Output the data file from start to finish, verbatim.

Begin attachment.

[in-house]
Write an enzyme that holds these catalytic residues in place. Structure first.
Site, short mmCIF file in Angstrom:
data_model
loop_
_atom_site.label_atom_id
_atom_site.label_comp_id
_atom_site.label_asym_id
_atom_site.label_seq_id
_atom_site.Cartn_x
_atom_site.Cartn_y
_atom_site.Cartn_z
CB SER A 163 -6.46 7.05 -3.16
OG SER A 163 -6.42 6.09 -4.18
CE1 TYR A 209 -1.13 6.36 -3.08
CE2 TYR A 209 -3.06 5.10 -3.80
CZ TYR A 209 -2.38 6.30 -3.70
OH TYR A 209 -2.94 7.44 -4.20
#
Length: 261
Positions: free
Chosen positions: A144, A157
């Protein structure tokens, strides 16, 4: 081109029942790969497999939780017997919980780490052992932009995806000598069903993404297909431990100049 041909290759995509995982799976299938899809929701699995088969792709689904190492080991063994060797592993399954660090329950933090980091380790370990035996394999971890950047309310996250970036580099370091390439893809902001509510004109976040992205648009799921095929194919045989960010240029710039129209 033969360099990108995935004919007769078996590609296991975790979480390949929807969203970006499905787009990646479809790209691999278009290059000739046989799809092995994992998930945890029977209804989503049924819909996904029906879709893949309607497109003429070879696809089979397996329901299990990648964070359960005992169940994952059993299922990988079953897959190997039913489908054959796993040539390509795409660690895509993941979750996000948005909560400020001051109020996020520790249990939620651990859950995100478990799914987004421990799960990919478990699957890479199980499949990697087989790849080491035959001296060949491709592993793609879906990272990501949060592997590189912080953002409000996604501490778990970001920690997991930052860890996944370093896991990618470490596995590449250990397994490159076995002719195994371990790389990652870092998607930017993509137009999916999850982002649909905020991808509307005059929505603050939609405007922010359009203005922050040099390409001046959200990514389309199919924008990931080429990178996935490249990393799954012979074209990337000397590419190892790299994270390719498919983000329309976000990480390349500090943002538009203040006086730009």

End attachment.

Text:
[in-house]
Write an enzyme that holds these catalytic residues in place. Structure first.
Site, short mmCIF file in Angstrom:
data_model
loop_
_atom_site.label_atom_id
_atom_site.label_comp_id
_atom_site.label_asym_id
_atom_site.label_seq_id
_atom_site.Cartn_x
_atom_site.Cartn_y
_atom_site.Cartn_z
CB SER A 163 -6.46 7.05 -3.16
OG SER A 163 -6.42 6.09 -4.18
CE1 TYR A 209 -1.13 6.36 -3.08
CE2 TYR A 209 -3.06 5.10 -3.80
CZ TYR A 209 -2.38 6.30 -3.70
OH TYR A 209 -2.94 7.44 -4.20
#
Length: 261
Positions: free
Chosen positions: A144, A157
């Protein structure tokens, strides 16, 4: 081109029942790969497999939780017997919980780490052992932009995806000598069903993404297909431990100049 041909290759995509995982799976299938899809929701699995088969792709689904190492080991063994060797592993399954660090329950933090980091380790370990035996394999971890950047309310996250970036580099370091390439893809902001509510004109976040992205648009799921095929194919045989960010240029710039129209 033969360099990108995935004919007769078996590609296991975790979480390949929807969203970006499905787009990646479809790209691999278009290059000739046989799809092995994992998930945890029977209804989503049924819909996904029906879709893949309607497109003429070879696809089979397996329901299990990648964070359960005992169940994952059993299922990988079953897959190997039913489908054959796993040539390509795409660690895509993941979750996000948005909560400020001051109020996020520790249990939620651990859950995100478990799914987004421990799960990919478990699957890479199980499949990697087989790849080491035959001296060949491709592993793609879906990272990501949060592997590189912080953002409000996604501490778990970001920690997991930052860890996944370093896991990618470490596995590449250990397994490159076995002719195994371990790389990652870092998607930017993509137009999916999850982002649909905020991808509307005059929505603050939609405007922010359009203005922050040099390409001046959200990514389309199919924008990931080429990178996935490249990393799954012979074209990337000397590419190892790299994270390719498919983000329309976000990480390349500090943002538009203040006086730009």